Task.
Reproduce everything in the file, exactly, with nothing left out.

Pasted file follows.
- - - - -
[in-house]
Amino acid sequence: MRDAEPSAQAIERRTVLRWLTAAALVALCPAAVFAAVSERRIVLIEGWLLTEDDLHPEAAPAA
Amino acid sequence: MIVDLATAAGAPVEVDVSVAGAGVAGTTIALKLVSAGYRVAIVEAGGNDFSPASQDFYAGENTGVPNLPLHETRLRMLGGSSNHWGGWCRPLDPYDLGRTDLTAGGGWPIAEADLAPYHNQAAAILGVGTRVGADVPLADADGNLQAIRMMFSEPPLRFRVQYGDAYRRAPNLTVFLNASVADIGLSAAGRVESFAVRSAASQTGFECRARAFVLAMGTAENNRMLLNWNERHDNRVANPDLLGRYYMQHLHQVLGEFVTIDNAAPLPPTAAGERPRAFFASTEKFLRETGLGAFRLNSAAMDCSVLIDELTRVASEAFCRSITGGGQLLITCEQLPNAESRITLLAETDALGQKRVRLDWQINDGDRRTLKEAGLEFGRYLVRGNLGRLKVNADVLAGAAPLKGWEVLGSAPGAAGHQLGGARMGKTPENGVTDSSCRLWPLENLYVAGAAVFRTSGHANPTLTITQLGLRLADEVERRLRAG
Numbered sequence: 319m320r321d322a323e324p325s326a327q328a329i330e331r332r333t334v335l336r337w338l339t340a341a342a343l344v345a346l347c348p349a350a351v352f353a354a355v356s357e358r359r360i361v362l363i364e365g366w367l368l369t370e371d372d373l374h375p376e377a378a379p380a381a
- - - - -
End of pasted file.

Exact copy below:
[in-house]
Amino acid sequence: MRDAEPSAQAIERRTVLRWLTAAALVALCPAAVFAAVSERRIVLIEGWLLTEDDLHPEAAPAA
Amino acid sequence: MIVDLATAAGAPVEVDVSVAGAGVAGTTIALKLVSAGYRVAIVEAGGNDFSPASQDFYAGENTGVPNLPLHETRLRMLGGSSNHWGGWCRPLDPYDLGRTDLTAGGGWPIAEADLAPYHNQAAAILGVGTRVGADVPLADADGNLQAIRMMFSEPPLRFRVQYGDAYRRAPNLTVFLNASVADIGLSAAGRVESFAVRSAASQTGFECRARAFVLAMGTAENNRMLLNWNERHDNRVANPDLLGRYYMQHLHQVLGEFVTIDNAAPLPPTAAGERPRAFFASTEKFLRETGLGAFRLNSAAMDCSVLIDELTRVASEAFCRSITGGGQLLITCEQLPNAESRITLLAETDALGQKRVRLDWQINDGDRRTLKEAGLEFGRYLVRGNLGRLKVNADVLAGAAPLKGWEVLGSAPGAAGHQLGGARMGKTPENGVTDSSCRLWPLENLYVAGAAVFRTSGHANPTLTITQLGLRLADEVERRLRAG
Numbered sequence: 319m320r321d322a323e324p325s326a327q328a329i330e331r332r333t334v335l336r337w338l339t340a341a342a343l344v345a346l347c348p349a350a351v352f353a354a355v356s357e358r359r360i361v362l363i364e365g366w367l368l369t370e371d372d373l374h375p376e377a378a379p380a381a